There’s a hidden gem in Palm Desert. A Master Sushi Chef from Japan, who lives in San Diego and makes his way to the desert three times a week to bring an authentic flare to a local restaurant on El Paseo.
Eye on the Desert’s Caitlin Thropay takes us behind the sushi bar to meet the man who is one of the best sushi chefs in the world.
“It’s basically a tuck and roll system and the plastic wrap helps it roll easier," Master Sushi Chef and Part-owner of Mitch's on El Paseo, James Holder said.
“Tighten the roll, bring it down and then push the sides in,” he showed us how to make the perfect sushi roll.
At Mitch’s on El Paseo is where Chef Holder’s passion and patience make sushi art.
“This trade is a dying trade," he said.
The 55-year-old started cutting fish when he was 13 years old with his uncle who owns a sushi bar in Japan. Holder moved to the United States at 21 years old.
“After I left Japan, I went to college in San Diego and I couldn’t get a job anywhere so I started looking at Japanese restaurants,” he said.
It was during his time at a sushi bar at the Hyatt in La Jolla he apprenticed under a Master Chef.
“My Master served the Prime Minister of Japan and then you apprentice under different chefs and you take the knowledge and they reward you to become a Master Sushi Chef,” he said.
The process of becoming a Master takes many years.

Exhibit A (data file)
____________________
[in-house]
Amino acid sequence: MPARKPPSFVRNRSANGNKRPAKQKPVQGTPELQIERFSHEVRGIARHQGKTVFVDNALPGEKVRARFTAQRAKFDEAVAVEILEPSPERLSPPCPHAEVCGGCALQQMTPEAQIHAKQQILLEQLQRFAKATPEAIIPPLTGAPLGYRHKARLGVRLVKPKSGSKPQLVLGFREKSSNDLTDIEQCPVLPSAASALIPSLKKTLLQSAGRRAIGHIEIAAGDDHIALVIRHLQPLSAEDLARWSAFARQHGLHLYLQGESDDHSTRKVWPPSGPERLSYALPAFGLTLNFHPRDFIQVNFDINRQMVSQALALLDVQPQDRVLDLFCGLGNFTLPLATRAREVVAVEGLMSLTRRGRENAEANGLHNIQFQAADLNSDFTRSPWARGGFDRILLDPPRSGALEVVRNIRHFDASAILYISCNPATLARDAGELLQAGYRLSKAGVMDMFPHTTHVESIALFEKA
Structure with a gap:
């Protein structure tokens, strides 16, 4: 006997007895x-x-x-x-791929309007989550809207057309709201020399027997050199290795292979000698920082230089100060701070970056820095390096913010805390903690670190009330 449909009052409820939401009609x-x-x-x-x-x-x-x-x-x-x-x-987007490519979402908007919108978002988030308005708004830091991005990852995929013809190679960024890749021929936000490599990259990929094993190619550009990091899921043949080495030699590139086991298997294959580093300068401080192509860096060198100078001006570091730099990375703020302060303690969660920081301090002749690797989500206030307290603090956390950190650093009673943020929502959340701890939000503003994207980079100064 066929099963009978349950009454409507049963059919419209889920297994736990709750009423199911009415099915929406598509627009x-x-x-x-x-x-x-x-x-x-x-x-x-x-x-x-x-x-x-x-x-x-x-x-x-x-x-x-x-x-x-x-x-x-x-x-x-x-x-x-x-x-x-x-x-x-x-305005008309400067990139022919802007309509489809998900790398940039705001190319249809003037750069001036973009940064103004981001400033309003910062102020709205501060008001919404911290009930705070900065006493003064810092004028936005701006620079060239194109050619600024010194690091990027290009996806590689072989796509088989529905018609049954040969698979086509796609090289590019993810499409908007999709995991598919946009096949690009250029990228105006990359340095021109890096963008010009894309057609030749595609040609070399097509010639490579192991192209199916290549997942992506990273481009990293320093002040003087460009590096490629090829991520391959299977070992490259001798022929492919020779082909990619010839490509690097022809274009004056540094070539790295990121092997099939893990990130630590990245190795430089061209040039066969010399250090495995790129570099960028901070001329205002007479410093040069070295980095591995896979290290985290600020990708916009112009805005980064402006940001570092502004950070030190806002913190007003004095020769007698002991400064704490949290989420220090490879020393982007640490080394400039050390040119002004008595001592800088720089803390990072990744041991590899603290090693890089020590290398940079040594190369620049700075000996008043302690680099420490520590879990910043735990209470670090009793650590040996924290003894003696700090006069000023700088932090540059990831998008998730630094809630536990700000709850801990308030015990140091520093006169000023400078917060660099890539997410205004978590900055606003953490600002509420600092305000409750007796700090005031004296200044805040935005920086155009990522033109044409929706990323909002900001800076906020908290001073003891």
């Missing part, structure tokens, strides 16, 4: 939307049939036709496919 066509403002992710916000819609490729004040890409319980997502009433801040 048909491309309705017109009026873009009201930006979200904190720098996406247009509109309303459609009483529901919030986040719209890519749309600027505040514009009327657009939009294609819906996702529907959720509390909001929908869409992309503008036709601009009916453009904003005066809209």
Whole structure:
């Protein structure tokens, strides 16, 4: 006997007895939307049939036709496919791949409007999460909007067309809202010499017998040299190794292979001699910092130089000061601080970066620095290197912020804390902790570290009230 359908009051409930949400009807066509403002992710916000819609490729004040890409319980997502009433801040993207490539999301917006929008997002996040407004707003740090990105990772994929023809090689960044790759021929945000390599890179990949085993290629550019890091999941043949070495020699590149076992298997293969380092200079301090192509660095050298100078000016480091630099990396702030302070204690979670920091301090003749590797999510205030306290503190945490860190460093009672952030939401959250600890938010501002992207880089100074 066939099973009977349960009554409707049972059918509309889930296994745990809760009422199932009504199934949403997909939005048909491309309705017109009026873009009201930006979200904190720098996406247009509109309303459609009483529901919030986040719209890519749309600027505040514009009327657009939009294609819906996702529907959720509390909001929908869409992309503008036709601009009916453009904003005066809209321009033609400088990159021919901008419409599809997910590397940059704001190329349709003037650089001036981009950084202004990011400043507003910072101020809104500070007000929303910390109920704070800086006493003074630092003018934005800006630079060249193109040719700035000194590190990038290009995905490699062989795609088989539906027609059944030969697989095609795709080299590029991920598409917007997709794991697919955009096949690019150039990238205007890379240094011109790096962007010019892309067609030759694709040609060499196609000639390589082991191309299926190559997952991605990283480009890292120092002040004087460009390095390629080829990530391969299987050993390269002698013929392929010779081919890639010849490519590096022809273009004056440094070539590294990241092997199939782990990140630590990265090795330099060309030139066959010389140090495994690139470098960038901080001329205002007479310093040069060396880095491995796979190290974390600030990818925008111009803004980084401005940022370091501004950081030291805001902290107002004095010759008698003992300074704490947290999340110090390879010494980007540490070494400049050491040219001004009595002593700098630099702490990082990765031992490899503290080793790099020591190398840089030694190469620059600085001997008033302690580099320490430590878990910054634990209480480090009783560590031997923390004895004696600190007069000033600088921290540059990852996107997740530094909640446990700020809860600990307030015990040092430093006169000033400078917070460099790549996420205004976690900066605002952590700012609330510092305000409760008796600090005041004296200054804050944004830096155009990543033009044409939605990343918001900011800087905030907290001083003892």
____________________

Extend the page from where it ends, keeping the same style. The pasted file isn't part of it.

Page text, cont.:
“It’s very difficult and very time consuming and you have to dedicate yourself 100 percent," he said.
The rice alone takes at least three years to perfect.
Today, Chef Holder works with dozens of apprentices to pass down his knowledge to the next generations of sushi chefs.
“I tell all my chefs if you have a chance, go to Japan,” he said.
Even though he is now the teacher, he still visits Japan every year to learn more.
“I learn every year," he said. "I visit many sushi bars and then I try to see what they do differently over there," he added. "Last year, I went and I noticed they were torching the sushi and that’s something I wanted to do too because it gives it a smoky flavor,” he said.
“This way of torching sushi is called Aburi so you torch one side and then you torch the other side,” he explained while demonstrating.
When you meet Chef Holder, not only do you see his extreme talent but also his tremendous humility.
“I think the Masters are the people that support me," he said. "They are the Masters that keep me going,” he added.